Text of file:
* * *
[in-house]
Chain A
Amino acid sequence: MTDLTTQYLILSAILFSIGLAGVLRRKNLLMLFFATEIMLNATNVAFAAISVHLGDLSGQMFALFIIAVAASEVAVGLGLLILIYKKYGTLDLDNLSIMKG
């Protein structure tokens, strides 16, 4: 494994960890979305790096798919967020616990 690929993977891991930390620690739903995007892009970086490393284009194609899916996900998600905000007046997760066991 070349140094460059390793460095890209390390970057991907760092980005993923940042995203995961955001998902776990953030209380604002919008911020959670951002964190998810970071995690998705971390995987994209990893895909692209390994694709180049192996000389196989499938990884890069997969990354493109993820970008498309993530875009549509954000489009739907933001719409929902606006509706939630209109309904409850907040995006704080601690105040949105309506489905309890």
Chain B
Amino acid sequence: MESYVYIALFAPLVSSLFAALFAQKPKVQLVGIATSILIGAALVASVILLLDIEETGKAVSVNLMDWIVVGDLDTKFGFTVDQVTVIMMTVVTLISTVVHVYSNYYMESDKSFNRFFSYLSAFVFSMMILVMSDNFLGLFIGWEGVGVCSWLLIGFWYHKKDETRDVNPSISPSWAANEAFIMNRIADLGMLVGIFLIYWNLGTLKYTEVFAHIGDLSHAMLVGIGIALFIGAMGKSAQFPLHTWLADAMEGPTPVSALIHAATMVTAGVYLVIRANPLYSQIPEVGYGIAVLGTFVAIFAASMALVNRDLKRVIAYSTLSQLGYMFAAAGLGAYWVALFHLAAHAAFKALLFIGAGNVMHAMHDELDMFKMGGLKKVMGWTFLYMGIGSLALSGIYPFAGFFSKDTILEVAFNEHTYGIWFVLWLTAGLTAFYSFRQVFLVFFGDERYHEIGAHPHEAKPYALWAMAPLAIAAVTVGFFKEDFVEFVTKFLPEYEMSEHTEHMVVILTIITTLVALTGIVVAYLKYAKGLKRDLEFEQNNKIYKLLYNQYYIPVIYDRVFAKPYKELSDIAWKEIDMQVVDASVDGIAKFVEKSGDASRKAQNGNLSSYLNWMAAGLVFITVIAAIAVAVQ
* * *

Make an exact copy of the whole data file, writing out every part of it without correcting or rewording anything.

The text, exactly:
[in-house]
Chain A
Amino acid sequence: MTDLTTQYLILSAILFSIGLAGVLRRKNLLMLFFATEIMLNATNVAFAAISVHLGDLSGQMFALFIIAVAASEVAVGLGLLILIYKKYGTLDLDNLSIMKG
């Protein structure tokens, strides 16, 4: 494994960890979305790096798919967020616990 690929993977891991930390620690739903995007892009970086490393284009194609899916996900998600905000007046997760066991 070349140094460059390793460095890209390390970057991907760092980005993923940042995203995961955001998902776990953030209380604002919008911020959670951002964190998810970071995690998705971390995987994209990893895909692209390994694709180049192996000389196989499938990884890069997969990354493109993820970008498309993530875009549509954000489009739907933001719409929902606006509706939630209109309904409850907040995006704080601690105040949105309506489905309890």
Chain B
Amino acid sequence: MESYVYIALFAPLVSSLFAALFAQKPKVQLVGIATSILIGAALVASVILLLDIEETGKAVSVNLMDWIVVGDLDTKFGFTVDQVTVIMMTVVTLISTVVHVYSNYYMESDKSFNRFFSYLSAFVFSMMILVMSDNFLGLFIGWEGVGVCSWLLIGFWYHKKDETRDVNPSISPSWAANEAFIMNRIADLGMLVGIFLIYWNLGTLKYTEVFAHIGDLSHAMLVGIGIALFIGAMGKSAQFPLHTWLADAMEGPTPVSALIHAATMVTAGVYLVIRANPLYSQIPEVGYGIAVLGTFVAIFAASMALVNRDLKRVIAYSTLSQLGYMFAAAGLGAYWVALFHLAAHAAFKALLFIGAGNVMHAMHDELDMFKMGGLKKVMGWTFLYMGIGSLALSGIYPFAGFFSKDTILEVAFNEHTYGIWFVLWLTAGLTAFYSFRQVFLVFFGDERYHEIGAHPHEAKPYALWAMAPLAIAAVTVGFFKEDFVEFVTKFLPEYEMSEHTEHMVVILTIITTLVALTGIVVAYLKYAKGLKRDLEFEQNNKIYKLLYNQYYIPVIYDRVFAKPYKELSDIAWKEIDMQVVDASVDGIAKFVEKSGDASRKAQNGNLSSYLNWMAAGLVFITVIAAIAVAVQ